Bishop blesses new St Monica's learning spaces
|St Monica's Parish Priest Rev Fernando Montano Rodriguez (left), Bishop of Parramatta Anthony Fisher, Executive Director of Schools Greg Whitby, State MP for Parramatta and Deputy Speaker Tanya Gadiel, Lord Mayor of Parramatta Clr Paul Garrard, former Parish Priest Fr Brian Rooney and St Monica's Primary Principal Michael Hopley.|
Bishop of Parramatta Most Rev Anthony Fisher OP has blessed the new multi-purpose learning centre at St Monica's Primary in North Parramatta in a special ceremony on Friday 28 May.
The learning spaces were officially opened by State Member for Parramatta, Tanya Gadiel MP, representing the New South Wales and Australian Governments and Executive Director of Schools Greg Whitby.
Special guests including Lord Mayor of Parramatta, Cr Paul Garrard, former parish priest Fr Brian Rooney, representatives from the Catholic Education Office, architects Thomson Adsett and builders Equiset Constructions, joined St Monica’s students, staff, parents and parish priest Fr Fernando Montano for the ceremony.
The extensive building works included the construction of the multi-purpose learning centre which provides flexible open-plan learning spaces for all stage groups in the one space with, a kitchen and a library, as well as a new administration block and after school care centre on the ground floor.
Principal Michael Hopley welcomed families and guests to St Monica’s and said the new learning centre was a place of collaboration and inspiration.
"Collaboration is the cornerstone of our school. Our community collaborates to provide the best education for our students," Michael said. "Thank you to the Commonwealth and State governments. The Building the Education Revolution is an inspiring term for what has resulted in an inspiring space.
"Thank you to the Bishop and Diocese of Parramatta who recognised the vitality of this parish and community as we work together in evangelisation for mission of the church."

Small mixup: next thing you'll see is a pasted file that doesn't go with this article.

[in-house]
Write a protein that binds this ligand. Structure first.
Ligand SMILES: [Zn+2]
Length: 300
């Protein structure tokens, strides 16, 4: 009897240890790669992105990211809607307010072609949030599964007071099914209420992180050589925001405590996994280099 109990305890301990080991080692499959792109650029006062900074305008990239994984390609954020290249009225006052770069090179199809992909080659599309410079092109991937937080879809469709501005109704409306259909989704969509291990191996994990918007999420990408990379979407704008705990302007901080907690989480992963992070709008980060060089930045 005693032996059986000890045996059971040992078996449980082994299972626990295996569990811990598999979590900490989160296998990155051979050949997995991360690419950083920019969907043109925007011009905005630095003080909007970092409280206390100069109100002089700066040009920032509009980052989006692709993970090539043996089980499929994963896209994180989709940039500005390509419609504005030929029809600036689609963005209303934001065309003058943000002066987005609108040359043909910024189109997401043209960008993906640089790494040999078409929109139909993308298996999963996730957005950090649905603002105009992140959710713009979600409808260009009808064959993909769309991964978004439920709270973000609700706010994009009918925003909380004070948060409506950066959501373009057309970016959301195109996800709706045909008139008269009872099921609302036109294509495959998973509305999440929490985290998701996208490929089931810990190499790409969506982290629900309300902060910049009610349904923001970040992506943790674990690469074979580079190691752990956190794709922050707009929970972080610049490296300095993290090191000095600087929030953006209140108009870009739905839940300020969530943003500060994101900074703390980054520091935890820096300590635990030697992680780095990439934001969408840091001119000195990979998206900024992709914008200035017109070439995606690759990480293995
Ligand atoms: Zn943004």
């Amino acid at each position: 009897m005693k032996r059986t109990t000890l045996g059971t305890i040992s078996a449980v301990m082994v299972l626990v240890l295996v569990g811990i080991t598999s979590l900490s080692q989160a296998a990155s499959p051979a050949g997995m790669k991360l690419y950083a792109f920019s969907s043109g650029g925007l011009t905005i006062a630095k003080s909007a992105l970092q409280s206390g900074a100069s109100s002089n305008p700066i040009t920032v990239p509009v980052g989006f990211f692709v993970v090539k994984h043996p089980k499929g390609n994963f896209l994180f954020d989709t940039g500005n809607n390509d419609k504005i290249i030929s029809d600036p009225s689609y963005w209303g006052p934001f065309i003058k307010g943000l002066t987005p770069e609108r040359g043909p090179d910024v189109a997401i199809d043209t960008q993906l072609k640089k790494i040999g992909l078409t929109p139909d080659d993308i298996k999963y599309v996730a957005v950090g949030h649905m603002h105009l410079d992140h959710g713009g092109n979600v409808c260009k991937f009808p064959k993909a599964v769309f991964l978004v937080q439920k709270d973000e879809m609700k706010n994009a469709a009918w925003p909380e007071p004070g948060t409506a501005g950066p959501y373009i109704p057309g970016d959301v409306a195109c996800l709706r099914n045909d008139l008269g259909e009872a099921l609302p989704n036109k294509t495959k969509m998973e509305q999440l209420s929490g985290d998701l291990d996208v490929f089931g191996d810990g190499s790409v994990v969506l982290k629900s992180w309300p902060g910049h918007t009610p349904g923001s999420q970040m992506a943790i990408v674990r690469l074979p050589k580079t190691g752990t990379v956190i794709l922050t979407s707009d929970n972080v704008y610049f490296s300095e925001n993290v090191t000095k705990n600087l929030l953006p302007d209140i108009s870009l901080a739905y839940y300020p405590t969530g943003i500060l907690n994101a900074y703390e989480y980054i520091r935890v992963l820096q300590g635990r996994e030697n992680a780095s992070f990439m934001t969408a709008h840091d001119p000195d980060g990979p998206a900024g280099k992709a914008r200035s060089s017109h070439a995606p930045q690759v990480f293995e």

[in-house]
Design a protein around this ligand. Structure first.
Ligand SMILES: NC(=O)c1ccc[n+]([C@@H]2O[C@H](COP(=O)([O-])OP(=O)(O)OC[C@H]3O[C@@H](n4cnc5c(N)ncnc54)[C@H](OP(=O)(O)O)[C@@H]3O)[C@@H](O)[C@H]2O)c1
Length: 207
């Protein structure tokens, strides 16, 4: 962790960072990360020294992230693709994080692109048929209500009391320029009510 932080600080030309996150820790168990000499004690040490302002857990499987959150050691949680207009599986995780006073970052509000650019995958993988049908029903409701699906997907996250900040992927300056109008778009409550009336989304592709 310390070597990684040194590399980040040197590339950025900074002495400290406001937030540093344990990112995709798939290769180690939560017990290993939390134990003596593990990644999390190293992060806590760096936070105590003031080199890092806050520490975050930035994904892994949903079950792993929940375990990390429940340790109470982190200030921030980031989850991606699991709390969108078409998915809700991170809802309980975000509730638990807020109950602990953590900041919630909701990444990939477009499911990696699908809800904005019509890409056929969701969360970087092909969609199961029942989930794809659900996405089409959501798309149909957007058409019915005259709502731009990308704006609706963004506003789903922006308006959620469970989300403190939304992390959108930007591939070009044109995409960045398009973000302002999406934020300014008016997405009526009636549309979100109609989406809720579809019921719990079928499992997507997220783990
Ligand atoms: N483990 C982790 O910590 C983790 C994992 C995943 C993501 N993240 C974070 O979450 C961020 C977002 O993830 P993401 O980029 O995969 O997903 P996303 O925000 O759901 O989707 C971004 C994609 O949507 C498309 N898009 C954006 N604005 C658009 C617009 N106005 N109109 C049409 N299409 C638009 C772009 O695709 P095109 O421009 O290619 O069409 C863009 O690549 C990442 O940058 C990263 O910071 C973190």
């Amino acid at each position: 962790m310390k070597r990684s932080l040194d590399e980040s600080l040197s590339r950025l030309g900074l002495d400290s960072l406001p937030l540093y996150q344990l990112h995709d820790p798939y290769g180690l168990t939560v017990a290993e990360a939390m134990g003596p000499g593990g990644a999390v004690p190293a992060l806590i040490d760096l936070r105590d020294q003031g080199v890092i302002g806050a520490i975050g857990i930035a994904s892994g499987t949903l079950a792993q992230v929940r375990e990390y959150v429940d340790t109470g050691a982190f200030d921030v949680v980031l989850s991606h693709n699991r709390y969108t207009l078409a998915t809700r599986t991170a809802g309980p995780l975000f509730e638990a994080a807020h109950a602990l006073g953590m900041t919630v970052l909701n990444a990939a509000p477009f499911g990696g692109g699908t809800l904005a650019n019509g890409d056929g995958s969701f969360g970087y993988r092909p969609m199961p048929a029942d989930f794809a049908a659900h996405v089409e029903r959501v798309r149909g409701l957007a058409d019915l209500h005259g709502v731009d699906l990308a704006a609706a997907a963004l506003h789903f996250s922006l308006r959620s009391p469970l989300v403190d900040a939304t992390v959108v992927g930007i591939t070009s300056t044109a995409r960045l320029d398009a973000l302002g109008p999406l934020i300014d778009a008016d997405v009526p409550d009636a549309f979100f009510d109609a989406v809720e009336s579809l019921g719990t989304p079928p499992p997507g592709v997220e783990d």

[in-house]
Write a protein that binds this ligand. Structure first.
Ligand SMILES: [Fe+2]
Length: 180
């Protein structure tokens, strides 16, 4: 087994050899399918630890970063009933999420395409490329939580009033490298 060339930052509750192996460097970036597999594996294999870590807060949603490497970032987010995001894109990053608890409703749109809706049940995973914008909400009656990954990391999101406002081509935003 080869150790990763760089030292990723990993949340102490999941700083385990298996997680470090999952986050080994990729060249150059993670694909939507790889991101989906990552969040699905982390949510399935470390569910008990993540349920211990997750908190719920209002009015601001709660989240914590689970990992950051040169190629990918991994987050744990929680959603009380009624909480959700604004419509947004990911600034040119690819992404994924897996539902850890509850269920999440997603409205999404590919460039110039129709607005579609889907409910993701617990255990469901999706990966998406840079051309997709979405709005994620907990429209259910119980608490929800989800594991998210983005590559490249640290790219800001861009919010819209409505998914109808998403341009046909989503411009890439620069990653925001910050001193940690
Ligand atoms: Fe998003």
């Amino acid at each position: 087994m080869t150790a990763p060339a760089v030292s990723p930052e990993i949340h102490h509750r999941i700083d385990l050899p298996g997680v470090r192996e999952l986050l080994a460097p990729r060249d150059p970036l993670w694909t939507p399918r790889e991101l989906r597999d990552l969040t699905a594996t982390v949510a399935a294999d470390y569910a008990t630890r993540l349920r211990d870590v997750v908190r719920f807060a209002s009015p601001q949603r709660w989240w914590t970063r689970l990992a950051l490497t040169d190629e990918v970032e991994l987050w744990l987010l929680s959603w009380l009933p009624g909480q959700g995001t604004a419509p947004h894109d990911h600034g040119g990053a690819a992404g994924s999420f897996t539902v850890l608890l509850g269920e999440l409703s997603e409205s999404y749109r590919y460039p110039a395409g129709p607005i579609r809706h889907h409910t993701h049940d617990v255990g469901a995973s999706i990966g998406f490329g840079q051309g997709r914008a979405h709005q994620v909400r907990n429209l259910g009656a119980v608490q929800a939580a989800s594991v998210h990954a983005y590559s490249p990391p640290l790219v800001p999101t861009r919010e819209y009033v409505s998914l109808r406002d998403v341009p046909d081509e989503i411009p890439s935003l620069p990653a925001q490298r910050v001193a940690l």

The value of Catholic Schools
In his homily, Bishop Anthony spoke about the value of Catholic schools and the opportunities they provide to students.
|Greg Whitby (left), Michael Hopley, Tanya Gadiel MP, Rev Fernando Montano Rodriguez and Most Rev Anthony Fisher OP.|
"I was happy to tell a Senate Hearing on the Building the Education Revolution last week, how proud we were for the value we have obtained in our building projects by working with our local communities," Bishop Anthony said. "A Catholic school is a place where you can develop your skills and knowledge, a place where you can develop virtues of good citizens and learn how to fulfil your responsibilities as a member of the community.
"Most of all it is a place where you can meet Jesus, grow in his friendship and learn to live and love like he did."
Greg Whitby, who was a former student of St Monica’s, spoke to the students about how much the school had changed since he was young.
"I have a very special connection to St Monica’s as it was also my primary school," Greg said.
"A lot has changed since I attended primary school. The emergence of computers, digital cameras and mobile phones means the world has become smaller and yet the community of St Monica’s continues to grow and flourish.
"These wonderful facilities are very important to our Catholic learning communities as they provide an environment for a special kind of education; one that is relevant, engaging, student-centred and collaborative, and most of all Christ-centred.
"These new buildings will serve you and the future generations of learners well."
Tanya Gadiel spoke of the benefits the Building the Education Revolution would deliver to current students and future generations.
"This new development really has an enormous wow factor," Tanya said.
"I didn’t go to a school like this when I was young and I’m sure your parents didn’t either. What you have is really spectacular and you are very lucky to be able to learn in a place like this.
"The provision of infrastructure will benefit our children and our children’s children and will witness first hand the benefit of the Building the Education Revolution."
Construction of the general learning areas, the administration offices and student amenities were funded by $3.3 million in contributions from the Catholic community, $1.19 million in Commonwealth Capital Grants and nearly $400,000 from the parish. The NSW Government also assisted with loan servicing through the Interest Subsidy Scheme.
The multi-purpose centre was funded by $2 million of Commonwealth Capital Grants funding under the Building the Education Revolution’s Primary Schools for the 21st Century program. The Catholic Diocese of Parramatta would like to thank the Australian and New South Wales Governments for their support.
Visit Catholic Education, Diocese of Parramatta
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